18 How Web Cache Works?(cont.) A cached object is considered fresh (that is, able to be sent to a client without checking with the origin server): –If it has an expiry time or other age-controlling directive set, and is still within the fresh period. –If a browser cache has already seen the object, and has been set to check once a session. –If a proxy cache has seen the object recently, and it was modified relatively long ago. Fresh documents are served directly from the cache, without checking with the origin server.

19 CHU proxy hit ratio Hit ratio (%) Proxy.chu.edu.tw Cache Size 3G3G4G4G5G5G6G6G7G7G2G2G1G1G0 50 10 20 30 40 60 70

20 DEC proxy hit ratio Hit ratio (%) DEC Cache Size 3G3G4G4G5G5G6G6G7G7G2G2G1G1G0 50 10 20 30 40 60 70

21 Hit Ratio Cache hit ratio of backbone server > local Increase as the number of users Image > other type pages Small > large file

22 Increase Hit Ratio Buy a larger disk Internet accelerator (replaces browsers cache with its own larger one), plus it notifies you when the content has changed Prefetching, DNS resolution caching, persistent connections, optimizations and advertisement blocking Refresh, filtering (link)link

23 Configuration Netscape has its own disk based caching mechanism, but this does not seem to be suitable for sharing between multiple users. Internet Explorer: There are a variety of methods of configuring proxy mode, depending on the Operating System and Internet Explorer version you're running. –Some versions also support the Netscape proxy auto-configuration (PAC) format, which requires the browser to download a JavaScript program from a pre-configured URL.proxy auto-configuration (PAC)

24 Configure Proxy in Netscape

25

26 Netscape Configuration files –(Note) you may find that you have no netscape.ini in 32-bit version, or just an empty file of this name. It looks as though all of the Netscape configuration info is being stored in the Registry, though it's not clear exactly where. Wais_ProxyPort=8001 Ftp_ProxyPort=3128 Gopher_ProxyPort=3128 Http_ProxyPort=3128 No_Proxy=ac.uk,org.uk Gopher_Proxy=wwwcache.camford.ac.uk FTP_Proxy=wwwcache.camford.ac.uk HTTP_Proxy=wwwcache.camford.ac.uk Wais_Proxy=wwwcache.camford.ac.uk Windows: In the Proxy Information section of netscape.ini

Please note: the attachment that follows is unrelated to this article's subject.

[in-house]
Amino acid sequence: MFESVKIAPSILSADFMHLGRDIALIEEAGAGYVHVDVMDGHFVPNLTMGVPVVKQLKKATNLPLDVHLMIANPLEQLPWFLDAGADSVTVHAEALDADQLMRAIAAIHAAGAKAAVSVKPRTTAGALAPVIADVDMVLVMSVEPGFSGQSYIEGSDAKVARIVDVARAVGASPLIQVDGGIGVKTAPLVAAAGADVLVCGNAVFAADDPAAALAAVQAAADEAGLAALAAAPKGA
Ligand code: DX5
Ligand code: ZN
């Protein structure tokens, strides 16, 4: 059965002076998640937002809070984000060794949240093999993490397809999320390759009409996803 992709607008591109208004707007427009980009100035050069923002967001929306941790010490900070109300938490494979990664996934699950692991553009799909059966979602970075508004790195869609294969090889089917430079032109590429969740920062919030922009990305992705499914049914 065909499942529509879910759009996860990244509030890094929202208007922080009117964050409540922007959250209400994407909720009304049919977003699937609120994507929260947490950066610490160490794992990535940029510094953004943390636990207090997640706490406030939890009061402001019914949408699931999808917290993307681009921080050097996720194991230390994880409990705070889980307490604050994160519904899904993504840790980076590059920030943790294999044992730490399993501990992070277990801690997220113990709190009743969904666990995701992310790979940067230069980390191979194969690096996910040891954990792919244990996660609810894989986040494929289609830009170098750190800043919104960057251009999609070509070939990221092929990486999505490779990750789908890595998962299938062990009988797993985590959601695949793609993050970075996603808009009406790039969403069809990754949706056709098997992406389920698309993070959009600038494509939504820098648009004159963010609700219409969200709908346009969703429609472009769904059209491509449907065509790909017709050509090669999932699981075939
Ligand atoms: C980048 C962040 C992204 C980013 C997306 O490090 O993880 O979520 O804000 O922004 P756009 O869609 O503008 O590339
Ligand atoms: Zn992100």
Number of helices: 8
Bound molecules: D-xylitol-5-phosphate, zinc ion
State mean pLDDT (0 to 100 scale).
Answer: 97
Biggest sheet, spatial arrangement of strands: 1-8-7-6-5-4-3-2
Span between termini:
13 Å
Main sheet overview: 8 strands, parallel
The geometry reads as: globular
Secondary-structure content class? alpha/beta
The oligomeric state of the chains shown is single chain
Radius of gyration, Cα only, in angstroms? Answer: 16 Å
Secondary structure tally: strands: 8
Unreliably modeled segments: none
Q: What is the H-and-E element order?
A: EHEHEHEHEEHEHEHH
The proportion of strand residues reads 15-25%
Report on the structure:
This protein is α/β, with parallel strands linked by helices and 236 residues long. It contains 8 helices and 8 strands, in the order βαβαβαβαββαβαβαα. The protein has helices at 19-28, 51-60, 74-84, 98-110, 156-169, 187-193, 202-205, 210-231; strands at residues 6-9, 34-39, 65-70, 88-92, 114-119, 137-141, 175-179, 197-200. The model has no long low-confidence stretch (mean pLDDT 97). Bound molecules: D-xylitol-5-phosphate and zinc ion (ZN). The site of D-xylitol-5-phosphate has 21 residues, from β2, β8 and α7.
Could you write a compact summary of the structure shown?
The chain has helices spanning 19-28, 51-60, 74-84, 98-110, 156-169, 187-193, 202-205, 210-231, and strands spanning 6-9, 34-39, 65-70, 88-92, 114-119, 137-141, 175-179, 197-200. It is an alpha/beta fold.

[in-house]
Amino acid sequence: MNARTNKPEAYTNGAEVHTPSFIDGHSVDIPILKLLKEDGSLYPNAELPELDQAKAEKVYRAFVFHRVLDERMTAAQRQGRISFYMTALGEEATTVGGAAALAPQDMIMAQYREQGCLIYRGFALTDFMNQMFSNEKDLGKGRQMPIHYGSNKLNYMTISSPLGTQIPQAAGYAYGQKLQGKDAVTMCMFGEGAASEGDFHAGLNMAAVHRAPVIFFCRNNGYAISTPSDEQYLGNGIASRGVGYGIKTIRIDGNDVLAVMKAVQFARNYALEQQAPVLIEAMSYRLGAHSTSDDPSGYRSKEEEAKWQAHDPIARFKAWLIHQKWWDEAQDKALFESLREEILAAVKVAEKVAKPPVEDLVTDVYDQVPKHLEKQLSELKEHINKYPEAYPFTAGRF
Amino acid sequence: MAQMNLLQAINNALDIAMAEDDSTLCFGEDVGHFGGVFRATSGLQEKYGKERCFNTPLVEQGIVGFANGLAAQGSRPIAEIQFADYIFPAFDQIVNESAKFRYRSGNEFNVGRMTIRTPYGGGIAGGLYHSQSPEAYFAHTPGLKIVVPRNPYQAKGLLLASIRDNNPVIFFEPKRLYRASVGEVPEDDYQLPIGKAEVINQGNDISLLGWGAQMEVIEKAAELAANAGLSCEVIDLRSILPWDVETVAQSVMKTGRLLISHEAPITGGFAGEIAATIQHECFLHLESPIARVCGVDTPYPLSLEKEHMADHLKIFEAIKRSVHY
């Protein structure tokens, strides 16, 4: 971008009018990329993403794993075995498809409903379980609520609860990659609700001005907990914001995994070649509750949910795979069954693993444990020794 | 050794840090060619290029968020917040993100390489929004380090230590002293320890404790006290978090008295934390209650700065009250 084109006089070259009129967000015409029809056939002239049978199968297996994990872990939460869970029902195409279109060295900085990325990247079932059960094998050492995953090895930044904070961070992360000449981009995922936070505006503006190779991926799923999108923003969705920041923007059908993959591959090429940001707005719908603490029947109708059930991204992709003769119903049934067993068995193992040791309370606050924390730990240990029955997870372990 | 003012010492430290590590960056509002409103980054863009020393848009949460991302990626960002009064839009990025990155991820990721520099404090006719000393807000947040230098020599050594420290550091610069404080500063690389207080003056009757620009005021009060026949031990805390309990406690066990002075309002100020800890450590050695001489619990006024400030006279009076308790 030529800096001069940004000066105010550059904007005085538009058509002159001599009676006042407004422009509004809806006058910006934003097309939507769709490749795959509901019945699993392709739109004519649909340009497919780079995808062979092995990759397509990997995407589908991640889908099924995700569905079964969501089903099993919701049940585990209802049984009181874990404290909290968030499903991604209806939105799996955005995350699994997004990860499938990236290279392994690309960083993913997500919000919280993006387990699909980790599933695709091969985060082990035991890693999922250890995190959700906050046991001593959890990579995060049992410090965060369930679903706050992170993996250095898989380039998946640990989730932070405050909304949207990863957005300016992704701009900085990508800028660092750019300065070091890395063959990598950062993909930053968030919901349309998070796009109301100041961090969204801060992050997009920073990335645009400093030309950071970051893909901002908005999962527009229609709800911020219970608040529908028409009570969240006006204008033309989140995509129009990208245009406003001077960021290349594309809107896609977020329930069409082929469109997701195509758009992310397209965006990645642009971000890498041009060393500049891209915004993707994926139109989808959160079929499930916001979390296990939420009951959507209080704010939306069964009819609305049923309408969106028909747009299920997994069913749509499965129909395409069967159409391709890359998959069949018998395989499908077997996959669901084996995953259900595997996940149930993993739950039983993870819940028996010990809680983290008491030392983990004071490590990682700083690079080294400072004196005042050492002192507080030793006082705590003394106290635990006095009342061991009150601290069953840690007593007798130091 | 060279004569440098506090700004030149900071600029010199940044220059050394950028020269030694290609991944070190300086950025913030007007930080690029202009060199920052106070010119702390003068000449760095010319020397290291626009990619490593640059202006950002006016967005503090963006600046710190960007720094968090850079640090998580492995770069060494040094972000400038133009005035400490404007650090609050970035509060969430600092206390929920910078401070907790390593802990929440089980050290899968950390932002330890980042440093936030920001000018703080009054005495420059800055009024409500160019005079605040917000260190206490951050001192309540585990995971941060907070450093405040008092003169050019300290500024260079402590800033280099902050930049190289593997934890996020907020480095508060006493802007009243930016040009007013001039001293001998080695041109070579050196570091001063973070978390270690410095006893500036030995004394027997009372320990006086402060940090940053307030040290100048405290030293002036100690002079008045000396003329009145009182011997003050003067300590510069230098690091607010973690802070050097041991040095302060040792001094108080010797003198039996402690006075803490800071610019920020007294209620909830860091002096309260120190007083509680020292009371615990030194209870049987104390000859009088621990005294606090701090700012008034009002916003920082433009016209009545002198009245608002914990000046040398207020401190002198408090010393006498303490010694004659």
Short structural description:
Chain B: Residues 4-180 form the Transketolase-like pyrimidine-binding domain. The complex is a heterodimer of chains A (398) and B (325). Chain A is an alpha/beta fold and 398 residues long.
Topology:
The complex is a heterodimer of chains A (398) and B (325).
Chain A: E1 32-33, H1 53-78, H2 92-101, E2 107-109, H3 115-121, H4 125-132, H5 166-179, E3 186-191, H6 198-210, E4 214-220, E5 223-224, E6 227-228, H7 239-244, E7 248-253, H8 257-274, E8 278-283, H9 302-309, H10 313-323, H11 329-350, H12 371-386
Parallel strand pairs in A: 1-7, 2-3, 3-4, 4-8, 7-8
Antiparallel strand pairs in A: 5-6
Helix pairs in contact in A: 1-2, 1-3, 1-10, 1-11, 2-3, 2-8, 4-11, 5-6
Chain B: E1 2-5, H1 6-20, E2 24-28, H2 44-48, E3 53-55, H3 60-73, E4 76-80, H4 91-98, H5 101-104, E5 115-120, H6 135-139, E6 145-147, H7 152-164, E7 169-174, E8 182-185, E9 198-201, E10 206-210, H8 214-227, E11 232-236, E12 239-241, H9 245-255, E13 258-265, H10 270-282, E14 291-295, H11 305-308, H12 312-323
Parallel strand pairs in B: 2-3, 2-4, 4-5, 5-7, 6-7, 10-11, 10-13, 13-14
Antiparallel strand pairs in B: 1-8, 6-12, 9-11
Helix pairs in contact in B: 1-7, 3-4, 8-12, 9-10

27 Netscape Configuration files FTP_PROXY: wwwcache.camford.ac.uk:3128 HTTP_PROXY: wwwcache.camford.ac.uk:3128 GOPHER_PROXY: wwwcache.camford.ac.uk:3128 WAIS_PROXY: wwwcache.camford.ac.uk:8001 NO_PROXY: ac.uk,org.uk Unix: In home directory as.netscape-preferences in version 1 and netscape/preferences in version 2 and above The variable PROXY_MODE is used to control whether proxying is enabled, and if so whether a static list of proxy servers is used, or a JavaScript program :- 0 - no proxying of requested URLs, 1 - manual proxy configuration, 2 - download proxy autoconfiguration JavaScript, e.g. PROXY_MODE: 2 PROXY_URL: http://www.camford.ac.uk/p.pac Indicates that the proxy autoconfiguration script http://www.camford.ac.uk/p.pac should be used.

28 Proxy Auto Configuration One single institutional proxy is not enough –Single point of failure –Pages need different proxy to get faster responses –Make proxies transparent to users proxy auto-configuration (PAC) is supported by Netscape and IEproxy auto-configuration (PAC) –Javascript code (a subset)

29 PAC example function FindProxyForURL(url, host) { if (url.substring(0, 5) == "http:") { return "PROXY x.xx.xxx:p; DIRECT"; } else if (url.substring(0, 6) == "https:") { return "PROXY y.yy.yyy:q; DIRECT";} else if (url.substring(0, 4) == "ftp:") { return "PROXY z.zz.zzz:r; DIRECT";} else {return "DIRECT"; } } A complete example: proxy.chu.edu.tw/proxy.pacproxy.chu.edu.tw/proxy.pac

30 Example #1: Use proxy for everything except local hosts All hosts which aren't fully qualified, or the ones that are in local domain, will be connected to directly. Everything else will go through w3proxy:8080. If the proxy goes down, connections become automatically direct. function FindProxyForURL(url, host){ if (isPlainHostName(host) || dnsDomainIs(host,".netscape.com")) return "DIRECT"; else return "PROXY w3proxy.netscape.com:8080; DIRECT"; } Note: This is the simplest and most efficient autoconfig file for cases where there's only one proxy.

31 Example #2: use the proxy for everything else except local hosts in the netscape.com domain, with the further exception that hosts www.netscape.com and merchant.netscape.com will go through the proxy function FindProxyForURL(url, host) { if ((isPlainHostName(host) || dnsDomainIs(host, ".netscape.com")) && !localHostOrDomainIs(host, "www.netscape.com") && !localHostOrDoaminIs(host, "merchant.netscape.com")) return "DIRECT"; else return "PROXY w3proxy.netscape.com:8080; DIRECT"; }

32 Example #3: subnet-based function FindProxyForURL(url, host) { if (isPlainHostName(host) || dnsDomainIs(host, ".mydomain.com") || isInNet(host, "198.95.0.0", "255.255.0.0")) return "DIRECT"; else return "PROXY proxy.mydomain.com:8080"; }

33 Example #4: Load balancing/routing based on URL patterns function FindProxyForURL(url, host) { if (isPlainHostName(host) ||dnsDomainIs(host,".mydomain.com")) return "DIRECT"; else if (shExpMatch(host, "*.com")) return "PROXY proxy1.mydomain.com:8080; " + "PROXY proxy4.mydomain.com:8080"; else if (shExpMatch(host, "*.edu")) return "PROXY proxy2.mydomain.com:8080; " + "PROXY proxy4.mydomain.com:8080"; else return "PROXY proxy3.mydomain.com:8080; " + "PROXY proxy4.mydomain.com:8080"; }